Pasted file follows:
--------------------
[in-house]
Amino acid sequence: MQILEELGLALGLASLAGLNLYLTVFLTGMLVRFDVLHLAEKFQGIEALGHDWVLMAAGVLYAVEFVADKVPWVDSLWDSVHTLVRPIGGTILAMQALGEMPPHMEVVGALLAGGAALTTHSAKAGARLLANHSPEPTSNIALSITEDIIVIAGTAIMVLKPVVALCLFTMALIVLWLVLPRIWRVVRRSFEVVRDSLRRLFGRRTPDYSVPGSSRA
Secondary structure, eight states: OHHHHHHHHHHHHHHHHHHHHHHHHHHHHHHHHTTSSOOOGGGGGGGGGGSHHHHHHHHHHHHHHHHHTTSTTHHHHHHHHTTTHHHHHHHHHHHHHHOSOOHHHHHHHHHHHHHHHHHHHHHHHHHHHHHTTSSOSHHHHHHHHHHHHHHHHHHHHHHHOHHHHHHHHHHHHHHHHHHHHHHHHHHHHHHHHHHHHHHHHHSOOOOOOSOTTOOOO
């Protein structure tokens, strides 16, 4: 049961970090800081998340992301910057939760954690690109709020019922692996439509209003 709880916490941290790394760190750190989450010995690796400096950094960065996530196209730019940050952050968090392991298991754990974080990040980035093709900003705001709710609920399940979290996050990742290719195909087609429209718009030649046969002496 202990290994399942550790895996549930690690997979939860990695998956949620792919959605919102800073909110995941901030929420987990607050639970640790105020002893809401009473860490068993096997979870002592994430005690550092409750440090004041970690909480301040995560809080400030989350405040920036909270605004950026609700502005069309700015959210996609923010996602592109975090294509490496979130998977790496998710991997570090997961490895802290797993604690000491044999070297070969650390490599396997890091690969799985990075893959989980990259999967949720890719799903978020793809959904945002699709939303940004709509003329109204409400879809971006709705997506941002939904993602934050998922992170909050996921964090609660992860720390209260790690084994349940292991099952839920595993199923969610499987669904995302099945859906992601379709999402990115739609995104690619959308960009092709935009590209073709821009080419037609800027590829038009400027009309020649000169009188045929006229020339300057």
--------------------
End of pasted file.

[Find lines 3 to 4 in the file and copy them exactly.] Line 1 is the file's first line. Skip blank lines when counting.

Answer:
Secondary structure, eight states: OHHHHHHHHHHHHHHHHHHHHHHHHHHHHHHHHTTSSOOOGGGGGGGGGGSHHHHHHHHHHHHHHHHHTTSTTHHHHHHHHTTTHHHHHHHHHHHHHHOSOOHHHHHHHHHHHHHHHHHHHHHHHHHHHHHTTSSOSHHHHHHHHHHHHHHHHHHHHHHHOHHHHHHHHHHHHHHHHHHHHHHHHHHHHHHHHHHHHHHHHHSOOOOOOSOTTOOOO
């Protein structure tokens, strides 16, 4: 049961970090800081998340992301910057939760954690690109709020019922692996439509209003 709880916490941290790394760190750190989450010995690796400096950094960065996530196209730019940050952050968090392991298991754990974080990040980035093709900003705001709710609920399940979290996050990742290719195909087609429209718009030649046969002496 202990290994399942550790895996549930690690997979939860990695998956949620792919959605919102800073909110995941901030929420987990607050639970640790105020002893809401009473860490068993096997979870002592994430005690550092409750440090004041970690909480301040995560809080400030989350405040920036909270605004950026609700502005069309700015959210996609923010996602592109975090294509490496979130998977790496998710991997570090997961490895802290797993604690000491044999070297070969650390490599396997890091690969799985990075893959989980990259999967949720890719799903978020793809959904945002699709939303940004709509003329109204409400879809971006709705997506941002939904993602934050998922992170909050996921964090609660992860720390209260790690084994349940292991099952839920595993199923969610499987669904995302099945859906992601379709999402990115739609995104690619959308960009092709935009590209073709821009080419037609800027590829038009400027009309020649000169009188045929006229020339300057």